Independent, radical, and riding out the pandemic: Five Leaves Bookshop

Five Leaves Bookshop (exterior) on Long Row West, Nottingham.
Five Leaves Bookshop (exterior) on Long Row West, Nottingham. Photo © Laura Coleman, 2021

Mere seconds from Nottingham’s Old Market Square is an easily-missed alleyway on Long Row West, at the end of which stands the unassuming Five Leaves Bookshop. Founded in 2013, the shop has always worn its identity as an independent, radical bookseller on its sleeve: there’s a strong emphasis on small indie presses among its stock, including Five Leaves Publications (the press was founded in 1996).

While the space is compact, the range is seriously impressive. The shop manages to pack in over 35 sizeable sections covering genres as eclectic and topical as refugees and migration, feminism, disability, anarchism, and climate change. And that’s not to mention the socialism-heavy magazine selection, featuring Asylum, Byline Times, Jewish Socialist, The Internationalist, and many more. There’s even a quirky selection of radical tea-towels (of course).

Five Leaves’ owner and manager, Ross Bradshaw, spoke to Leicester Writers’ Club member Laura Coleman about the importance of radical books, why we should give our custom to independents, the pandemic and the move to online and mail order, and the future of the industry.

Why should we buy from independent booksellers, both during the pandemic and at any time?

There are about 1,000 independent bookshops in Britain, which adds variety to the High Street. In some smaller places they anchor the High Street, but more importantly they engage with their communities, work with local writers and offer the kind of personal service that purely online can never replicate. And they will put up a poster for the local writers’ group!

Why the strong emphasis on independent publishers and small presses amongst your stock?

In some areas, poetry in particular, the most interesting books come from small presses. Often the independents do the heavy lifting, to bring forward issues that only later become of interest to the big boys. Having said that, there’s been something of a sea-change in the big four too. Hachette, for example, owns Jessica Kingsley: probably the biggest publisher of books on autism and transgender (two of our areas of interest). So, we welcome the big publishers also operating on a wider canvas than they once did.

How did you arrive at the genres and special interest sections that you stock?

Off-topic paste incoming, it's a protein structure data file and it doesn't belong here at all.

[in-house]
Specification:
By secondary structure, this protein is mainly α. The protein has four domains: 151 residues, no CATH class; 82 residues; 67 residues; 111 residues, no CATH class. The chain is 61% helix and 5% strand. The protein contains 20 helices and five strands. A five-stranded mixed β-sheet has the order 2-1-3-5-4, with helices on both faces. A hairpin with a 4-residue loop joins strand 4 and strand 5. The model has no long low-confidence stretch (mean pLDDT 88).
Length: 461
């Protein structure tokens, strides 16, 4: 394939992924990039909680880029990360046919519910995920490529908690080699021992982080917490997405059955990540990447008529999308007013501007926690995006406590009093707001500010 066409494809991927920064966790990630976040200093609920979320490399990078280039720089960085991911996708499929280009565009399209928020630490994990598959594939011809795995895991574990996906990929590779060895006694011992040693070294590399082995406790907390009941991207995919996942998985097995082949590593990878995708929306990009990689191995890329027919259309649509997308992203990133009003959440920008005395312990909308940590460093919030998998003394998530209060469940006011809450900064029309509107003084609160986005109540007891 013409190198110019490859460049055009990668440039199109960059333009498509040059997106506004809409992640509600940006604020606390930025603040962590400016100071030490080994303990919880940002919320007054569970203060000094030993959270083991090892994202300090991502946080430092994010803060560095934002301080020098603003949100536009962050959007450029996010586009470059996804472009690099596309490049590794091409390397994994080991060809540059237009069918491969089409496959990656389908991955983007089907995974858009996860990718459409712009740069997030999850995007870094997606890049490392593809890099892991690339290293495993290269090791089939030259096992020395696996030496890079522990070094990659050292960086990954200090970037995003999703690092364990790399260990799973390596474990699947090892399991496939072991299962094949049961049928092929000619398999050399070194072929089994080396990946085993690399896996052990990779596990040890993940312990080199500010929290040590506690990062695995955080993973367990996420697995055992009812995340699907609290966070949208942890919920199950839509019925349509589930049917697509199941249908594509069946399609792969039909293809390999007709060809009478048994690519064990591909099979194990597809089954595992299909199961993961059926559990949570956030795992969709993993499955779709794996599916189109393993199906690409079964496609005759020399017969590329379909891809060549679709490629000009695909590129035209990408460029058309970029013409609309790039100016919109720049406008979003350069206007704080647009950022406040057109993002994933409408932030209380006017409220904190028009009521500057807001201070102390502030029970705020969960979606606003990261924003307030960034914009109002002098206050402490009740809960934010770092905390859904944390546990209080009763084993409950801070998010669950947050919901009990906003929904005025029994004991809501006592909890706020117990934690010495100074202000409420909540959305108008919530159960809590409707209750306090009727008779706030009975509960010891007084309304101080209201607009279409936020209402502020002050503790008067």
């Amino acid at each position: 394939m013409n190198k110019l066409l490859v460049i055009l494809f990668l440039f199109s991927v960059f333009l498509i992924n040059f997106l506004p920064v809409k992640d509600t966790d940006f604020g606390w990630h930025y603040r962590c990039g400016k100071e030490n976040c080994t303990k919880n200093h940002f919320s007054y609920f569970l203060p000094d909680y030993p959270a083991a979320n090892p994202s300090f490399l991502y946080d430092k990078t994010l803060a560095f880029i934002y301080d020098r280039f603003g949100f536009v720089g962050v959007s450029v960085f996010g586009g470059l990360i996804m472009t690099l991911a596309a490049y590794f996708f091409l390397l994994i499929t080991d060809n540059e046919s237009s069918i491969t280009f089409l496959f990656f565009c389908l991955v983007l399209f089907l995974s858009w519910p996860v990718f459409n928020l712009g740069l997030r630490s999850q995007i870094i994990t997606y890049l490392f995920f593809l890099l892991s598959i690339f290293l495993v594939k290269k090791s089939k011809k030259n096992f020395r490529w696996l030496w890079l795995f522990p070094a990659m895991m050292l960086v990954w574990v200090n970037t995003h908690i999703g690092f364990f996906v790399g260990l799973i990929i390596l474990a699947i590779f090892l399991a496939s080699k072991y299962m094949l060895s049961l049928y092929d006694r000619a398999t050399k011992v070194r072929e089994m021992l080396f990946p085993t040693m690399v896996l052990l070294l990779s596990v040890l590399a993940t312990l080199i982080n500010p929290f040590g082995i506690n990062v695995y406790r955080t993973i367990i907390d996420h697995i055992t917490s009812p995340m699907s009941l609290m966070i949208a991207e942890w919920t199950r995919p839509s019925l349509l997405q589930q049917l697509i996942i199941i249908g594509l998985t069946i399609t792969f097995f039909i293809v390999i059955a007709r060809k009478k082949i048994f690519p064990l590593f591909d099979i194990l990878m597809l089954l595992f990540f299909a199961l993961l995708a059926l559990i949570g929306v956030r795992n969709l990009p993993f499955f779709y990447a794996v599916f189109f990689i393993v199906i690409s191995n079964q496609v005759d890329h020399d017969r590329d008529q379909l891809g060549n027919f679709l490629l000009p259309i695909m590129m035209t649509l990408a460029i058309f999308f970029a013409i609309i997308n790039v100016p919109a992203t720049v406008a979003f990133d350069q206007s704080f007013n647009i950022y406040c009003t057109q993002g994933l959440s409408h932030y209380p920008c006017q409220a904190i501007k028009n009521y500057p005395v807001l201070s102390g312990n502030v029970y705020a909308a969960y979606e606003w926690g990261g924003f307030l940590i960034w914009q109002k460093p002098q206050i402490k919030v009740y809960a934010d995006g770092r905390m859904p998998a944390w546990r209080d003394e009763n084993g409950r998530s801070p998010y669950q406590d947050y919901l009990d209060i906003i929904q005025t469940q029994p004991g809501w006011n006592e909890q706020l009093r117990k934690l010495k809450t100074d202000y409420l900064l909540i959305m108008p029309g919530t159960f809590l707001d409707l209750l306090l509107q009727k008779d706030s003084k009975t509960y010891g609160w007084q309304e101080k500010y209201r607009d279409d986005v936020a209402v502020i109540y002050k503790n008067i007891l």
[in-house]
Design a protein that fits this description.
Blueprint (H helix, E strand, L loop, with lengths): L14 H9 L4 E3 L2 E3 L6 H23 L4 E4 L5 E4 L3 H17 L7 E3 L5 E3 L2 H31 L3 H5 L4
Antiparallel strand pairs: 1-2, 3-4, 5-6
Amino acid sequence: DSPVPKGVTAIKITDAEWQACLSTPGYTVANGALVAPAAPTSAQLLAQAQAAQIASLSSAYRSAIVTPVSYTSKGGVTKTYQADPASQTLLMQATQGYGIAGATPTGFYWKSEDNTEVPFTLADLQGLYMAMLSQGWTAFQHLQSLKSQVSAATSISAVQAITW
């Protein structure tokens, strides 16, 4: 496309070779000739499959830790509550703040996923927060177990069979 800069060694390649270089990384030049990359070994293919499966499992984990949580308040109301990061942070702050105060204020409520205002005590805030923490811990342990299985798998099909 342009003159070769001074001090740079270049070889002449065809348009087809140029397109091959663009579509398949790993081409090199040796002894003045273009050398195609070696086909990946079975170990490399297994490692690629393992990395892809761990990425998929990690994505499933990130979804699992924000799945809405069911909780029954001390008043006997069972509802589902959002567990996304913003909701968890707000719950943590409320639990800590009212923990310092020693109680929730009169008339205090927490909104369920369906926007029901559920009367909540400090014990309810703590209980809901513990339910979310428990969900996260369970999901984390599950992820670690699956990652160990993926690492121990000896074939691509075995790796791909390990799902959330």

When we opened, we decided to have a feminism section, an LGBT section and a Black interest section – these seemed as important for us to stock as, say, cityscape. Other sections have developed because of staff interest – poetry especially, and more recently nature writing. We can never quite include everything we want, due to limitations of space, but recently we have been stocking some speculative fiction; partly in line with customer demand, but also due to the evolving nature of speculative fiction – Black-futurism, feminist sci-fi – which fits into what we are trying to do.

Why are radical books important?

The bookshop doesn’t just stock radical books – we couldn’t survive if we did! – but it’s to do with the overall package or presentation. We noticed recently that of the 20 best sellers in indie bookshops we stocked 15 of them, and quite a few were among our best sellers. We’ve felt for some time that the indie section is getting more radical, and maybe we are getting more commercial!

So, being a radical bookshop relies on what we do stock, but also what we don’t. And there’s a lot that we don’t.

But also it’s about how we stock books. Every worker can buy stock in, every worker can develop a section, every worker can develop a range of bookshop events.

How have you had to adapt to the changes and uncertainties of 2020/21, and which of these adaptations do you think are here to stay?

We normally organise about 100 events a year, in the shop and bigger premises. After a while some of the team started to learn how to do online events and now run a programme – yes, about 100 events a year – online. When we return to live events, we will still do some online (it can be easier to get the speakers we want) and some live.

We’ve also developed a pretty big mail order side, and a transactional webshop – that will continue.

What do you hope the future holds, for your bookshop and for independent booksellers and presses in the UK more widely?

The crisis has made a lot of people think about how they spend their money, and more people want to spend in local bookshops, which pay their taxes and do not export capital out of the communities in which their customers live. We’ve picked up many new customers, particularly young people – and we hear this is replicated elsewhere in bookshops around the country.

It’s been harder for small publishers, as the bigger ones were able to secure supermarket sales during the lockdowns, and also people tend to order books they’ve heard of, rather than be surprised by books they’ve not heard of. That’s the value of browsing. So, I hope that people will return to buying the books they didn’t know they wanted until they saw them.

But we are very positive, and our family, the Alliance of Radical Booksellers, grew by nine shops in the last year; and lots of shops outside our “union”, the Booksellers Association (BA), have come in from the cold. The BA has been fantastic over this period.

On Five Leaves’ website – www.fiveleavesbookshop.co.uk – you can find the webshop and check out current events, as well as read more about the history of the shop and the press. You can also watch recordings of past online events on the Five Leaves Bookshop YouTube channel.

Laura Coleman, July 2021